Friday, September 30, 2016

Bye, September

It's passed like a speeding light.  I thought we'd only just begun, but today I realized the month is ending. 

Where did September go?

I'm wondering if it's age that makes time go faster or our busy pace. 

In any case, both categories fit for me. 

I also wish the fall months would just slow down a bit.  After all, they're the best. 

If a poll were taken, I would bet that the majority of residents around here would vote fall over any other season, and they would not need debates or scandals to make up their minds. 

Fall has all the good qualities----color, crisp air, fewer "turists," all the stuff that makes living in this area fun, at least in my mind. 

Well, we're halfway through the season, and I don't even remember what all I've done during its first half, 'cept it's been good and it's been busy. 

I do remember, however, that the end of this month signifies a birthday for one of my longtime friends.  We call her "Mow."  She does have a name, and that's Jean. 

Mow turned 70 today, so, of course, I had to needle her a bit.  Part of that harassment included yet another dramatic realization.  

Where have those 50-plus years of our friendship gone???

We first met at Camp Neewahlu on Lake Coeur d'Alene in the summer of 1965.  She had come from Kansas to serve as the Campfire Girls camp water safety instructor, hence, "Slap my thigh, I'm a WSI."  

I had a more low grade job----dishwasher.  

Most of us knew each other by nicknames, and these days I would be most sensitive about my nickname, which was the other half of Span.  My partner Span aka Terrie Chronic is sadly no longer with us. 

That summer we did not have a lot of time off, but once when they gave us a 24-hour break, we made the most of it with my dad's cow truck, loading up sleeping bags and about five of us and heading for the blister rust camp up in the Priest Lake country.

That's where my brother Kevin and a bunch of his friends worked for the Forest Service. After a night of driving around the Priest Lake country, which included a stop at a dump to see and probably provoke the bears, the guys went back to camp and the girls bedded down in the back of the truck.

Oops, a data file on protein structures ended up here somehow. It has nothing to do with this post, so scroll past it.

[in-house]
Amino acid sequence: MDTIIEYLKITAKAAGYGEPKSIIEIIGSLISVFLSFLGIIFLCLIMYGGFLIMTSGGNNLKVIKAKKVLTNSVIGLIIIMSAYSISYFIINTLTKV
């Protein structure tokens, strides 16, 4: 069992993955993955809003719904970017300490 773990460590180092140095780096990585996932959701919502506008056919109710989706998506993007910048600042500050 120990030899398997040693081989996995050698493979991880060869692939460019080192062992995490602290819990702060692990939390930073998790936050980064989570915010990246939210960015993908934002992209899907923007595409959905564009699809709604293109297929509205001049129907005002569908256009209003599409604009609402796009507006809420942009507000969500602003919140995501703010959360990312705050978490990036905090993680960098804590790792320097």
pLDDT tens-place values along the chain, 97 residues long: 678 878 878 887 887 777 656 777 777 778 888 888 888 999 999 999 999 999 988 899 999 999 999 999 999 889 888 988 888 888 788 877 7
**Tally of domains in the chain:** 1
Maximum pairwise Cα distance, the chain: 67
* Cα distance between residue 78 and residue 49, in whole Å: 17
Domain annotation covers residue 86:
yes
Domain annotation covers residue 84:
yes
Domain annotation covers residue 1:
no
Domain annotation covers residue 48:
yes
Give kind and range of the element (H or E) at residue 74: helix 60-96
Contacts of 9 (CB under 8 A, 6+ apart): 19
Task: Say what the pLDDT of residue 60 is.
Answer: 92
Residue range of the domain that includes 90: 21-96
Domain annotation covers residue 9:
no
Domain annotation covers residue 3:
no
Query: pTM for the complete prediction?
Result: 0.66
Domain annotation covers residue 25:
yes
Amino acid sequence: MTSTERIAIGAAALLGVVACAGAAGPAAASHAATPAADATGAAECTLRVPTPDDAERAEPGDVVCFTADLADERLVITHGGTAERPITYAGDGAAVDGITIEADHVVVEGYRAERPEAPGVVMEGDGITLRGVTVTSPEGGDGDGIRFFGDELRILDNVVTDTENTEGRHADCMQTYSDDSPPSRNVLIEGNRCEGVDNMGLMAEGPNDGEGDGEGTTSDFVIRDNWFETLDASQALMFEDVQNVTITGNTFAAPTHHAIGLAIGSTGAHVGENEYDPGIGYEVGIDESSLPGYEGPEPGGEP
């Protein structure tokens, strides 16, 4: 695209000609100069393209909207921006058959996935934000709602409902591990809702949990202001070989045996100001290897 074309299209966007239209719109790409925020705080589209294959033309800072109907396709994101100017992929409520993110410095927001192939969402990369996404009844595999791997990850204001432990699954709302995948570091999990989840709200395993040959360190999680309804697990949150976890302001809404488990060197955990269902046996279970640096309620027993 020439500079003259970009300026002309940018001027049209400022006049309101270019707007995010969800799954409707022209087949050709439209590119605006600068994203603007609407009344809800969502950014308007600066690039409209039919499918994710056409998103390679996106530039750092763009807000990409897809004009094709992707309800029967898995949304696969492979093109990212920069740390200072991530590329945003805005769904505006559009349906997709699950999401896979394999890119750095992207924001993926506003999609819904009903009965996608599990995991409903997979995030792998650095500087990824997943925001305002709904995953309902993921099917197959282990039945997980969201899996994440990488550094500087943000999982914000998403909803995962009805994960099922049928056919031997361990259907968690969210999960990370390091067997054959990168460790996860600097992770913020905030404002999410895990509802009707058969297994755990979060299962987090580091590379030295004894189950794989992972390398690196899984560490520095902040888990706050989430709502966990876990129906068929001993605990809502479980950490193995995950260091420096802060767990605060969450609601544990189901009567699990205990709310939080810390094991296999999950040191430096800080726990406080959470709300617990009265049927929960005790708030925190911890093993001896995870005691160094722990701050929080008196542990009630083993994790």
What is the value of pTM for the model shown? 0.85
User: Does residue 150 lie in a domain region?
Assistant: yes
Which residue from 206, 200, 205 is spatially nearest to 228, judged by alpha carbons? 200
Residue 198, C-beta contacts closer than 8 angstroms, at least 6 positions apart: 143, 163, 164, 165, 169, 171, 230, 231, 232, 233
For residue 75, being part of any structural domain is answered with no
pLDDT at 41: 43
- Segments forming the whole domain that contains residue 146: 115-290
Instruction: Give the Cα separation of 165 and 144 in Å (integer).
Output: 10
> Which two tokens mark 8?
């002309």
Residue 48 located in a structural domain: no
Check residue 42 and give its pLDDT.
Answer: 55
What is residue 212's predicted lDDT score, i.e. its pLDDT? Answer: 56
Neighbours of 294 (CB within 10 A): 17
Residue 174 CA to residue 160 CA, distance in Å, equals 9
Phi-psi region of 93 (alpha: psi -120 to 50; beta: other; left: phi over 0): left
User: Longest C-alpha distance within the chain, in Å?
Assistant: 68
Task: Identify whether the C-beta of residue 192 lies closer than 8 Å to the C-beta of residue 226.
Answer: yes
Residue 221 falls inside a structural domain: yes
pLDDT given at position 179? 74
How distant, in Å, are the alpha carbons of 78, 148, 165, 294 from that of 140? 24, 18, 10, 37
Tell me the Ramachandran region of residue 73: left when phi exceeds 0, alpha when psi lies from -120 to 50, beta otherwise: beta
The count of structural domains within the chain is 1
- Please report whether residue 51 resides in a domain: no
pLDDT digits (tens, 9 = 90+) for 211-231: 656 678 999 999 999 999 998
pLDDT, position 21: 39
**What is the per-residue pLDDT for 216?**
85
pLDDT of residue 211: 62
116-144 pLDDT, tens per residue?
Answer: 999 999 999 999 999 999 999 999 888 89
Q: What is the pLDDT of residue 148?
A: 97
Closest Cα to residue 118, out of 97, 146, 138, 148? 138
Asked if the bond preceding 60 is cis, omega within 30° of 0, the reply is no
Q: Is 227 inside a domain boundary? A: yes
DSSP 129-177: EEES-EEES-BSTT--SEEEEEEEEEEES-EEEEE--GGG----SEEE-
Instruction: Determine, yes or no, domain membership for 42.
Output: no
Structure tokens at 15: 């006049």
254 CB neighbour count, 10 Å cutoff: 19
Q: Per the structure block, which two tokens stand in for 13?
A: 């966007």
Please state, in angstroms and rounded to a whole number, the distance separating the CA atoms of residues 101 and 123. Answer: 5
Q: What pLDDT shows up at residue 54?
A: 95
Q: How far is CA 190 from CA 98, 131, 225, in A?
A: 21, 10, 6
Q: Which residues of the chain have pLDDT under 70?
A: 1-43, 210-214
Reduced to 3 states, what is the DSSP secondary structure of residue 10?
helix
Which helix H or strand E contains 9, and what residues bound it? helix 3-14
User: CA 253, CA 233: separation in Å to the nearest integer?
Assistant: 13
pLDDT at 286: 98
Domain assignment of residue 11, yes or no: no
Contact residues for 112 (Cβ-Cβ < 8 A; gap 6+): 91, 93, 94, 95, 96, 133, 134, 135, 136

Well, that was short-lived.  About 1 a.m. the rains came, so Mow drove the truck, which was reading Empty to a nearby laundromat at Lamb Creek.  We bedded down again between the washers and dryers.  It cut quite a scene to say the least, and our bodies suffered from trying to sleep on that cement floor. 

That experience launched off this half-century friendship, and, believe me, when we've gotten together over the years, each experience definitely rivals the cow truck story. 

I hope we both live to be a hundred and that my mind is still working so I can write that book.  For now, Jean aka Mow, we Love's all wish you the happiest of days. 

I promise not to put a damper on your special day by saying anything about how you and Donald Trump are now contemporaries----not a word! :) 

Happy Birthday, Mow.  Happy Friday to all. 

One of our stories involved Mow's visit to Sandpoint to pick up her beloved Webster, brother of our grandpuppies.That was a wild and woolly weekend, thanks to an early winter storm.

In the midst of it, though, our friend Boots Reynolds had his book launch at Community Hall, and we all attended and enjoyed, especially my mother to whom Boots jokingly referred as his "other wife."

Bootsie, as many of us called him, had lots of "other wives," but we never mentioned that to Mother. 

When ya live in Palm Springs, this can be a shock to the system!  I think Mow worried that she'd never get out of Sandpoint as the snow fell and fell. 

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